I would also have preferred to hear some of the following issues emphasized by the OECD in its “Going for Growth” exercise. Japan needs a great wave of deregulation in the services sector to boost productivity and innovation. Labour productivity in Japan is the lowest of the G7 countries and some one-third lower than in the US. Foreign direct investment, which could be a source of dynamism and innovation, is virtually non-existent in Japan.
Japan has the highest corporate income tax rate in the OECD area. This is not only a big deterrent to investment. But it also provides a big incentive to avoid and evade taxes, which many big companies do. At the same time, the share of wage income subject to personal income tax in Japan is the lowest of the OECD group of countries. One source of tax revenues for improving the budget is environmental taxes, which are very low.
Protection of the agricultural sector is double the OECD average. It has proved to be a massive failure and should be abolished tomorrow. Japan’s labour market is basically a brand of economic apartheid with one group being overly protected and sleeping on the job, while fully one-third of workers have irregular contracts with no job security or training. Balanced reform of the labour market is necessary.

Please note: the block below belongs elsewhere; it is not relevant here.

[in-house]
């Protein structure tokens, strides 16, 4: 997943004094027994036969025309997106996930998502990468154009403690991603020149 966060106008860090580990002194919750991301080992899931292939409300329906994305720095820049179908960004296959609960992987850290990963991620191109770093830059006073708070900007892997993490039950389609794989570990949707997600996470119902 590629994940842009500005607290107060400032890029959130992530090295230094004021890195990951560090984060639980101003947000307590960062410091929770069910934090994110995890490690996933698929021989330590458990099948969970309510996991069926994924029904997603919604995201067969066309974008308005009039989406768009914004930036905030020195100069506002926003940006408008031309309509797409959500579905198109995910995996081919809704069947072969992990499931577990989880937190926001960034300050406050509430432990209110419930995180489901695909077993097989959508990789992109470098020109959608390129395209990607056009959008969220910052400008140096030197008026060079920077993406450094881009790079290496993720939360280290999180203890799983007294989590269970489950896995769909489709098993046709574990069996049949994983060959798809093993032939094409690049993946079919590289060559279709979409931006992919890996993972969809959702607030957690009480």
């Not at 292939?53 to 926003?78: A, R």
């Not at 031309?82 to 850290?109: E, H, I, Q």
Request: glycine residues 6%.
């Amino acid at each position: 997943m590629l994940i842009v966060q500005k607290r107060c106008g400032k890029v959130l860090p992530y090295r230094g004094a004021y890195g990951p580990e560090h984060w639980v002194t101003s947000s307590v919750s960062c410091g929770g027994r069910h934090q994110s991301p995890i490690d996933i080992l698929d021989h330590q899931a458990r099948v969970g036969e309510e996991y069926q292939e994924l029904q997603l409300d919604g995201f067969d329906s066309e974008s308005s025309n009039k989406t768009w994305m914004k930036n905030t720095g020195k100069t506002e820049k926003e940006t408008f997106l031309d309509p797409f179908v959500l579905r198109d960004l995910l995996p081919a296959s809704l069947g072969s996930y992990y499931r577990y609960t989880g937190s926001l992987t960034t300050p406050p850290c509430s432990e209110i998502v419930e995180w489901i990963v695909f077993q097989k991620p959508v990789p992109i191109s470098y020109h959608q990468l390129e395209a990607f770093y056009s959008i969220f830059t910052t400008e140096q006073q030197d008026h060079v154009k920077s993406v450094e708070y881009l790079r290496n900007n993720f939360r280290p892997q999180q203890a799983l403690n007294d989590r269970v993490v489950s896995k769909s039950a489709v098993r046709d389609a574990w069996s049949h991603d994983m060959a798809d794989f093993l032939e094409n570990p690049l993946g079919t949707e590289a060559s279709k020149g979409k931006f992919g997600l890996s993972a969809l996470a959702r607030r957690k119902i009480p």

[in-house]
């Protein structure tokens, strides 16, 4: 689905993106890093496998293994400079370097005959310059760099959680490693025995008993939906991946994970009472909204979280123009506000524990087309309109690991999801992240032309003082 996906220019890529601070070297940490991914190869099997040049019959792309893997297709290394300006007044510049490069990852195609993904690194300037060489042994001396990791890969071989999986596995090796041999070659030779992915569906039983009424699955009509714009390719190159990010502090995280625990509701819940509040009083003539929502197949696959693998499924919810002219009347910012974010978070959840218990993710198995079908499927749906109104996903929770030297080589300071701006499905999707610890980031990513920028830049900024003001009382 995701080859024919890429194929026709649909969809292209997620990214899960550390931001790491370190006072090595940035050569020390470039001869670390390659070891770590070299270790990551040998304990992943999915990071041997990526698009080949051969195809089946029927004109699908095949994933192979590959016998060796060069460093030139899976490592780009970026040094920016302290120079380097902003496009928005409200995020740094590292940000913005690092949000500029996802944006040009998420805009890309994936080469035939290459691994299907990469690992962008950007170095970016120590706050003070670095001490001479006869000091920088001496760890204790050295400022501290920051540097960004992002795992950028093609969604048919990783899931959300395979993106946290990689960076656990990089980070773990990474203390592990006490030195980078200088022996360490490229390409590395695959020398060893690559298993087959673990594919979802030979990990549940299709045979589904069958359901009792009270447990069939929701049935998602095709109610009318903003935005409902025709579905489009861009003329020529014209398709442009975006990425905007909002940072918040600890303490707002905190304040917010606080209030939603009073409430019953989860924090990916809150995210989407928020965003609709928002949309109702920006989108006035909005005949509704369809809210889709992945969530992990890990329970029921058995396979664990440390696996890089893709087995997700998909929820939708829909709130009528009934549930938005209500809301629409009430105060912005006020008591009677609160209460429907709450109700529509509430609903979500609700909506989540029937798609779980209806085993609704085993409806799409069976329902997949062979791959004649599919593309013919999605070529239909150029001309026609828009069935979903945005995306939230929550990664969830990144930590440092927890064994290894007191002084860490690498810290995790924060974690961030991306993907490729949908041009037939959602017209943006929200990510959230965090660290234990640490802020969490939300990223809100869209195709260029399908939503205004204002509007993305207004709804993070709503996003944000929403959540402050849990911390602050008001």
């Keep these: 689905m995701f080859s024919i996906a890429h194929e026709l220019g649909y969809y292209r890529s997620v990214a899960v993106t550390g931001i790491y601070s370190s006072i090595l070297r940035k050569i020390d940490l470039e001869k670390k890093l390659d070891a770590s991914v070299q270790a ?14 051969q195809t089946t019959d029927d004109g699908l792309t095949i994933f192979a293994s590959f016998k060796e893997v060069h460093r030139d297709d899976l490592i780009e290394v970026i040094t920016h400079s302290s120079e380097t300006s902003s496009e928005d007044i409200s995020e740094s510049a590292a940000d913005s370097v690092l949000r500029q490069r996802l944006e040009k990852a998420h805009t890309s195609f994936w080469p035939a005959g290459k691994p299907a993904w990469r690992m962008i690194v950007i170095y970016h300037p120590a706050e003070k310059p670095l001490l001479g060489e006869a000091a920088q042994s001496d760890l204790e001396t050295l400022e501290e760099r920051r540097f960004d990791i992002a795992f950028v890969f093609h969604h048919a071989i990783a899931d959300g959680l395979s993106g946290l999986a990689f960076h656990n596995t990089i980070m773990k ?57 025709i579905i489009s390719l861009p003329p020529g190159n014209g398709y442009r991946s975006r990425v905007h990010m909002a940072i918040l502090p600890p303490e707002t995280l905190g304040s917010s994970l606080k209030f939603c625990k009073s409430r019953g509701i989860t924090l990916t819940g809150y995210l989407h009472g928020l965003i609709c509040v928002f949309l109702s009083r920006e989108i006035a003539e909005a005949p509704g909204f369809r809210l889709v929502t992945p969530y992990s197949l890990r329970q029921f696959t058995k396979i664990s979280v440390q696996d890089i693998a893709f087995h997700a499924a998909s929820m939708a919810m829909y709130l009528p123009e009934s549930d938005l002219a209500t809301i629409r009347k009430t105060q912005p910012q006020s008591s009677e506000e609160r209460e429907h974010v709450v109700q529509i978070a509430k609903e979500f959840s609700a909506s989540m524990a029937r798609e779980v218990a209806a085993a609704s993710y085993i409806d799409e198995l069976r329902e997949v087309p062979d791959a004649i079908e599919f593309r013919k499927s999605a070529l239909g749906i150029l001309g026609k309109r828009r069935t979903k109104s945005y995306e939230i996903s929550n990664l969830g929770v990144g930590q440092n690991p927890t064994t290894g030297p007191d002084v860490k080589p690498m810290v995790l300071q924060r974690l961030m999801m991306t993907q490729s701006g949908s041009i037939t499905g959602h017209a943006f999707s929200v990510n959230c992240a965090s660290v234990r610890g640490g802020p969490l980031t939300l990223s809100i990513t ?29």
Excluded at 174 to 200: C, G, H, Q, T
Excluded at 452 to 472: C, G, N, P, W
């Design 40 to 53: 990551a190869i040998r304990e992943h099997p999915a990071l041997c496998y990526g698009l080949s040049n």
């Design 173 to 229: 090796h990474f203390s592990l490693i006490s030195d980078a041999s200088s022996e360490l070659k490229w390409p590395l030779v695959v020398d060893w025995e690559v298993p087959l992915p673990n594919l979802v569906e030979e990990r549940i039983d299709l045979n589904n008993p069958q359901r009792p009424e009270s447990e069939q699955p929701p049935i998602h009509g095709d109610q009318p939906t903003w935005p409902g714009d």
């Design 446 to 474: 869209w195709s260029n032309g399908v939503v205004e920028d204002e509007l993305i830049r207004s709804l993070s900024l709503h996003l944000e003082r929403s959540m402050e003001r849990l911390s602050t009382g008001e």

The question remains: is Japan's destiny that of a Greek tragedy? Can Prime Minister Kan salvage the situation? I don't think so. Public debt will continue to pile up. Interest payments on this debt will consume an ever growing share of the government budget, competing with health and pensions. In a few years time, the current account will swing into deficit, as the population continues ageing.
And then one day, financial markets will say they have had enough. Domestic holders of public debt will start to offload that debt, and invest overseas. Capital flight is often the beginning of a financial crisis. And since Japanese corporations now do so much business overseas, keeping money out of the country is as easy as pie.
There is an old joke that goes like this. What's the difference between Japan and Greece? 18 months, is the answer! It may take a bit longer, but the clock is ticking.
Policy Speech by Prime Minister Naoto Kan
at the 174th Session of the Diet, 11 June 2010
Economic Policy Reforms: Going for Growth 2010